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Eat Well Compete Well

Eat Well Compete Well is an initiative supported by Williamsburg Health Foundation.

This Greater Williamsburg area-wide initiative encourages athletic organizers, sports teams, coaches, parents, and young athletes to drink water, eat healthy snacks, and keep moving. It’s about that simple and the results are outstanding — overall better health and stronger competitors! Whether you represent a large sports organization, a community recreational group, or a school team, Eat Well Compete Well is a program you can implement. Don’t reach for sugary sodas or sports drinks — reach for water, and use the bottle fill-up stations. Eat fresh fruit and vegetables with nut butters and hummus. And of course, stay on the go: moving, exercising, walking more, biking more, and sitting less!

Keep Hydrated
The best source for hydration is still plain old-fashioned water. Most sports drinks are loaded with sugar that far exceeds the calories burned. Make sure your athlete always has a filled water bottle and encourage frequent drinking.

Healthy Snacks
You can help fuel your child’s body and performance by providing foods rich in healthy nutrients found in fruits and vegetables.

Move More
Practices may last an hour but children are typically moving less than half the time. Increasing the time they’re active by 10-15 minutes can make a big difference.

Informational Resources

Keep Hydrated Flyer

courtesy of:

Budgeting for Fruits and Vegetables Flyer

Budgeting for Fruits and Vegetables Flyer

Get Active Poster

3 Mile Walk Poster

Historic Ride Poster

Healthy Snacks

In order to achieve optimal health and athletic performance, it is important for young athletes to eat well-balanced meals and snacks and stay well hydrated. Good nutrition fuels the body, supports metabolism, and aids in tissue growth and repair.

Foods high in fats – French fries, burgers, potato chips, and full-fat dairy – can lead to stomach cramping during physical activity. Foods and beverages high in sugar – candy, cookies, soft drinks, and many sports drinks – cause rapid fluctuations in blood sugar that lead to sudden drops in energy and stamina. So what are the “good” options?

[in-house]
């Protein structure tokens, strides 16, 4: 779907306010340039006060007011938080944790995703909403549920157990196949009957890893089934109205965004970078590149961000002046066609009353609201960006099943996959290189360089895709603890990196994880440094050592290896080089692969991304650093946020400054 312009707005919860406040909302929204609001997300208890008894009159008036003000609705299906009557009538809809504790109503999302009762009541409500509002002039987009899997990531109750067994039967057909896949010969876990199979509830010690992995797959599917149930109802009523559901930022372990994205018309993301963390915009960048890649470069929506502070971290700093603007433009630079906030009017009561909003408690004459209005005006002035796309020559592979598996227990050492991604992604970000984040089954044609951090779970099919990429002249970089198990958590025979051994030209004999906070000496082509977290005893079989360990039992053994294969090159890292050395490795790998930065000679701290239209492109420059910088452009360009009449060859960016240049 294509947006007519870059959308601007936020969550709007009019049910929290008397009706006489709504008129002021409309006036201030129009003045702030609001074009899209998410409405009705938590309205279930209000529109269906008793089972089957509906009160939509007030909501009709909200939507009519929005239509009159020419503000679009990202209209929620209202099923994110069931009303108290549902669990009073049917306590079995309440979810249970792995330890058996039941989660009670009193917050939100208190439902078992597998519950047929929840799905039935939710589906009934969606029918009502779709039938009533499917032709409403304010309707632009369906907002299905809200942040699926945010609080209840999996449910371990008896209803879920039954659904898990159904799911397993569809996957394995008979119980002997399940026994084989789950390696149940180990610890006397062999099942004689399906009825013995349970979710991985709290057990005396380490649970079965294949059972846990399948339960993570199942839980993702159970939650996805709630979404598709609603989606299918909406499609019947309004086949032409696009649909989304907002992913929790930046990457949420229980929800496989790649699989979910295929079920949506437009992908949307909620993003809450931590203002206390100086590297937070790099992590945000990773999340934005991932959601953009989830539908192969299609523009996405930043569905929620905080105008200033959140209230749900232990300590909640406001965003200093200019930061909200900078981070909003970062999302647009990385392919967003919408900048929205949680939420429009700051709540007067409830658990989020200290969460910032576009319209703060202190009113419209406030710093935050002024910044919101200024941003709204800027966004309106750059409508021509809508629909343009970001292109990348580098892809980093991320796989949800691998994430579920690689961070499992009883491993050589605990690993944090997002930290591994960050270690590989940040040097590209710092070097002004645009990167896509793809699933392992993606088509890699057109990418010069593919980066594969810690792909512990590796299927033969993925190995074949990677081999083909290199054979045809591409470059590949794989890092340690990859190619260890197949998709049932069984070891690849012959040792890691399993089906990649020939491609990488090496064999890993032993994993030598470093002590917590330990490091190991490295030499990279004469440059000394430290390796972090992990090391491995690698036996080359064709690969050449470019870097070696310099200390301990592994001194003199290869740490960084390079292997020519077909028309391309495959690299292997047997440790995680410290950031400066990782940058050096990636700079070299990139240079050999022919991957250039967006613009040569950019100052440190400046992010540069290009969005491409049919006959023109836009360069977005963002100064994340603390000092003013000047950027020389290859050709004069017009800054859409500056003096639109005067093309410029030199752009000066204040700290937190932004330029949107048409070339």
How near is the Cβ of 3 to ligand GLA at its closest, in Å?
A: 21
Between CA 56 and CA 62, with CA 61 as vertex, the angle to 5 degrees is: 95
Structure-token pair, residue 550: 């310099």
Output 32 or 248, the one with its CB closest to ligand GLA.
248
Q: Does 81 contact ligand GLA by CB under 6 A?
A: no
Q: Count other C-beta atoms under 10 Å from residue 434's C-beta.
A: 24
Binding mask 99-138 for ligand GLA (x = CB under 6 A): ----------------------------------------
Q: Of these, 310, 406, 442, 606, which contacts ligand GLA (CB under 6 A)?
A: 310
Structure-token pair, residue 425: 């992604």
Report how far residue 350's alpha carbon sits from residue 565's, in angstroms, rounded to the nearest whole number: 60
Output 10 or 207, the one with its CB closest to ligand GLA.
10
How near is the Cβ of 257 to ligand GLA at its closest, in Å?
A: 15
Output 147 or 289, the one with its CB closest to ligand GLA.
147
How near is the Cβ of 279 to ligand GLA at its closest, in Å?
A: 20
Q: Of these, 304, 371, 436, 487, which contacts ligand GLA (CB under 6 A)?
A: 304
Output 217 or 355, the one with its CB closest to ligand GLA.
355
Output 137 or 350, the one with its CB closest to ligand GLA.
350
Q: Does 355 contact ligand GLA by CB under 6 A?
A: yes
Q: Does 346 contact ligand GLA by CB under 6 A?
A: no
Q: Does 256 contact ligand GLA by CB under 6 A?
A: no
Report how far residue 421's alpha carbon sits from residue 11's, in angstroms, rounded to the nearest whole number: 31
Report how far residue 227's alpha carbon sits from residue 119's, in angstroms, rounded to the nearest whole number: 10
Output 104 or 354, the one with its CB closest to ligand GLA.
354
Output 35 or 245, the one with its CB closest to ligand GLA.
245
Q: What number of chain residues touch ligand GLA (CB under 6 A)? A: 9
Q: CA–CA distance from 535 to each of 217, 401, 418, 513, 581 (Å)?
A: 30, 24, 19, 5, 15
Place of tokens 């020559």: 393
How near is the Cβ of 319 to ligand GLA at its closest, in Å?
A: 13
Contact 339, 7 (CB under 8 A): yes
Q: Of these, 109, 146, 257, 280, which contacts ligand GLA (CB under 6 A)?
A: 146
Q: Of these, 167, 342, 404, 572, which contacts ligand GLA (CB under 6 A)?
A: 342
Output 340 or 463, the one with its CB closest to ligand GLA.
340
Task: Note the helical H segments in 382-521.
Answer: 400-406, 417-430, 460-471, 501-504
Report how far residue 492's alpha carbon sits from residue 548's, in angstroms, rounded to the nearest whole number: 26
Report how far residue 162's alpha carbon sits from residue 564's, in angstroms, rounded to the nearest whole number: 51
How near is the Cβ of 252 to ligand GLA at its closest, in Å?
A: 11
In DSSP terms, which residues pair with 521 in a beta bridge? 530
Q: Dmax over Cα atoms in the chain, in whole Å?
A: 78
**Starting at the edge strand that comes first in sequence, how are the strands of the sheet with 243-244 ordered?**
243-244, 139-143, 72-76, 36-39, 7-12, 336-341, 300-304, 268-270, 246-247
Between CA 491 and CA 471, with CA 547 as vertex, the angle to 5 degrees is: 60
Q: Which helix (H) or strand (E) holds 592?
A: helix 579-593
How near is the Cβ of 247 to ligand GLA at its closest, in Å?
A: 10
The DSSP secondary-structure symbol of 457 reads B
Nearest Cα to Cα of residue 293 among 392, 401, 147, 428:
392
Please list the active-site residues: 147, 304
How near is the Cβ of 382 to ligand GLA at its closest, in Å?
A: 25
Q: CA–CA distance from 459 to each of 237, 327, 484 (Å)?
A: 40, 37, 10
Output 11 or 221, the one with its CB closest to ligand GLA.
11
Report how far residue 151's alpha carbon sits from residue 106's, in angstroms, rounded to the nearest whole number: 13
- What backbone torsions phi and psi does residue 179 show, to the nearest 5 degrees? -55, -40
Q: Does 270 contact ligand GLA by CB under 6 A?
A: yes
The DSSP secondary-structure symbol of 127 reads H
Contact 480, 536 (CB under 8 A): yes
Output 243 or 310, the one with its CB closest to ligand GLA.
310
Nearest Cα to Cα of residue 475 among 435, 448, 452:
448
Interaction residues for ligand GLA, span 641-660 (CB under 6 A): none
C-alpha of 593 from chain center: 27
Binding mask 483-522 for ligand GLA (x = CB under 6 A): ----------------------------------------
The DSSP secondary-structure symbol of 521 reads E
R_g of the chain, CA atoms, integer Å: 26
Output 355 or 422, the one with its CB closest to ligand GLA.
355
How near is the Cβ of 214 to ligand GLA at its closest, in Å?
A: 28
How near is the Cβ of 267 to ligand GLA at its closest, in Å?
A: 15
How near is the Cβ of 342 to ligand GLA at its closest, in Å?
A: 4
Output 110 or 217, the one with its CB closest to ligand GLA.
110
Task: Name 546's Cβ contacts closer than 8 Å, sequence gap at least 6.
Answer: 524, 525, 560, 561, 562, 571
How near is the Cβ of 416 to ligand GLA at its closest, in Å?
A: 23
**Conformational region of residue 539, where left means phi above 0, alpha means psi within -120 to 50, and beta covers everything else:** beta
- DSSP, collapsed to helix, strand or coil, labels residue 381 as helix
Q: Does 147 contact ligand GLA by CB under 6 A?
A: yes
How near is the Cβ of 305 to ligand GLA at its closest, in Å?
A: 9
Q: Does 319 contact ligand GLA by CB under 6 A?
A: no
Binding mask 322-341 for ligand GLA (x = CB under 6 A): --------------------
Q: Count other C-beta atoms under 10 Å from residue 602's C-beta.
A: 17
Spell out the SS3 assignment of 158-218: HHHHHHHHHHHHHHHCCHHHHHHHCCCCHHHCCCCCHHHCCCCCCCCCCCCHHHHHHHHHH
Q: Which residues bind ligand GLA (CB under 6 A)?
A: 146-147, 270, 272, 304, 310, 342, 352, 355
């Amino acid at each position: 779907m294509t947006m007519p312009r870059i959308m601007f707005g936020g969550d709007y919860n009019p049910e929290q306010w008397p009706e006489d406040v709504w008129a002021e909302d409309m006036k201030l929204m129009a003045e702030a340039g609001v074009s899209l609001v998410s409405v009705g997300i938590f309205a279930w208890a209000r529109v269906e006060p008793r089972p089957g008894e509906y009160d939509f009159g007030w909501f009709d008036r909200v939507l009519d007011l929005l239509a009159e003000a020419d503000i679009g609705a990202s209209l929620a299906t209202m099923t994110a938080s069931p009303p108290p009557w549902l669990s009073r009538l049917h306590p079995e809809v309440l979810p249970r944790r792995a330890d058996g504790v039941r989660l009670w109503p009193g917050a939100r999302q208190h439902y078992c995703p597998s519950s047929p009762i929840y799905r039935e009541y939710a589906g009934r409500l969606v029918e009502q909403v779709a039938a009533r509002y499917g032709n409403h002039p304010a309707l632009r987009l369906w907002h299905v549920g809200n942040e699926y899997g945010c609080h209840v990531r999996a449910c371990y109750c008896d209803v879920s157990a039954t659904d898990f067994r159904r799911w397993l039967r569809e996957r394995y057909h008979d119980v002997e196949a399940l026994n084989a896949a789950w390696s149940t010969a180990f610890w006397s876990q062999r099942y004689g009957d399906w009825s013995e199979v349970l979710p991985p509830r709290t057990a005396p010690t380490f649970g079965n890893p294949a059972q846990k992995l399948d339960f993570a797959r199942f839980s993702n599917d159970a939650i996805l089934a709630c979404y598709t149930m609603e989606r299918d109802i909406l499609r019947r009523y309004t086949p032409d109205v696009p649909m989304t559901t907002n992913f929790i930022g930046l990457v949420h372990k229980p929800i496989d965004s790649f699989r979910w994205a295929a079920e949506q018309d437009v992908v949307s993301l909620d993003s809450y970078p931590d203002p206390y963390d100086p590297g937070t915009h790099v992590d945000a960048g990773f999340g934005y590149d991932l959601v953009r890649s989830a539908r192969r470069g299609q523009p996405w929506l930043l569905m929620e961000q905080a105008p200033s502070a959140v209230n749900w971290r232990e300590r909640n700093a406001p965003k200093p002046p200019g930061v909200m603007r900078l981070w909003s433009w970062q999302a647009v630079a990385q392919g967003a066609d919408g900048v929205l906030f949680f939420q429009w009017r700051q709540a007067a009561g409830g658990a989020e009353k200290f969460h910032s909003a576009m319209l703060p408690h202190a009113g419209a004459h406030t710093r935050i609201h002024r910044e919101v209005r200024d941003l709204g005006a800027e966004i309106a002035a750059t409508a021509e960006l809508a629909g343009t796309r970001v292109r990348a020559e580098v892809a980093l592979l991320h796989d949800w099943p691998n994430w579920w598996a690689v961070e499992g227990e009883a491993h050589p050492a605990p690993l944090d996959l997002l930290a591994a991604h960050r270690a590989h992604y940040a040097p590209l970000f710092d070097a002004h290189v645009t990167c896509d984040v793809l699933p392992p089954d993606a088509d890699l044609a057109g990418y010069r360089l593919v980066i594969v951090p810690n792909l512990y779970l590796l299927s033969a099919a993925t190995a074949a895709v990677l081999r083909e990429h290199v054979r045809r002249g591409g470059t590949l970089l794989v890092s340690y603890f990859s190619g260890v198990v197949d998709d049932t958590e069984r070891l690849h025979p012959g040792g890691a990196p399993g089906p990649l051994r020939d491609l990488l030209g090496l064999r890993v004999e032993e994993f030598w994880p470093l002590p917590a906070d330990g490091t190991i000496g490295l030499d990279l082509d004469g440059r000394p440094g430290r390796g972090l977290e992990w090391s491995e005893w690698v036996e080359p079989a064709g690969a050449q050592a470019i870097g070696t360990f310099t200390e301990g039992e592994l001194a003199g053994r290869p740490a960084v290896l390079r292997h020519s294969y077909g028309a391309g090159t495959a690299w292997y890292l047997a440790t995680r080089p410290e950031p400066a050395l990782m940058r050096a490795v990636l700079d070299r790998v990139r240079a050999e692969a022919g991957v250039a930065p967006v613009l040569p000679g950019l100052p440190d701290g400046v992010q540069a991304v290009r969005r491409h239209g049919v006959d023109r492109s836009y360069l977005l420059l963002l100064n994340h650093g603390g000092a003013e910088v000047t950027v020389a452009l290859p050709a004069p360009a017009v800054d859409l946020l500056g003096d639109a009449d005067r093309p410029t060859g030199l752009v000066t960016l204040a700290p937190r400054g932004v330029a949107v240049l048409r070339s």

Pre-exercise/pre-game snacks – Offer foods with plenty of complex carbohydrates and moderate protein but low in sugar and fat to prevent stomach upset:
Sandwich with whole grain bread, chicken, turkey, or tuna
Bagel with peanut butter (or other nut butter) and honey
Low fat yogurt
Fresh fruit (e.g. bananas, apples, grapes, cut oranges)
Pretzels with honey dipping sauce
Peanut butter crackers
String cheese

Mid-game/half time snacks – Avoid high sugar snacks that cause large fluctuations in blood sugar levels and salty snacks that contribute to dehydration:
Quartered oranges or peeled clementines
Apple or pear wedges
Melon chunks

Post-game – Provide a post-game snack or meal that is a balance of lean protein, carbs, and fat since a child’s body will be rebuilding muscles tissue and replenishing energy stores and fluids for up to 24 hours after a competition:
Fresh or dried fruit
Fresh veggies with hummus dip (e.g. carrots, cucumber slices)
Nuts or homemade trail mix of favorite nuts and dried fruits
Pretzels or plain popcorn
Baked chips with avocado guacamole
PB&J on whole wheat bread or bagel
Sandwich with chicken, turkey, or tuna
String cheese
Hard boiled egg with crackers
Oatmeal cookies, fig bars, or low-fat, low-sugar granola bars
Low fat yogurt
Crackers with peanut butter or cheese

Move More

Lack of physical activity is a big contributor to our current childhood obesity epidemic. You may be thinking that youth who play sports are the exception to this rule; unfortunately, that is not always the case. While we know that athletes participate in added physical activity, research on all youth sports tells us that sometimes these youth do not get the full 60 minutes in a day.

In fact, depending on the sport, youth athletes who participate in an hour-long practice are typically only active for about 50% of that time. Together we can ensure our athletes stay active and develop healthy habits that will help them perform on and off the field.

What can I do as a volunteer?

  • To help your youth athletes meet the recommendation, aim to add 10 – 15 minutes of active time to each practice.
  • Find ways to keep athletes moving by reducing lines and wait time during practices. When possible, have them do drills in small groups. When lines are needed, teach movements they can do while waiting their turn.
  • Break up activities with frequent water breaks (as often as every 15 minutes) so the team stays hydrated.

What can I do as a parent?

  • Encourage and support your child to take part in outdoor games and activities during the summer so they’re ready for the physical conditioning that starts on the first day of practice.
  • Make sure they bring at least two full water bottles to practices and games. Plan meals and snacks to sustain their energy, including plenty of fruits and vegetables.
  • Watch out for crash dieting to reach weight categories. Rapid weight change is not recommended for anyone, especially youth.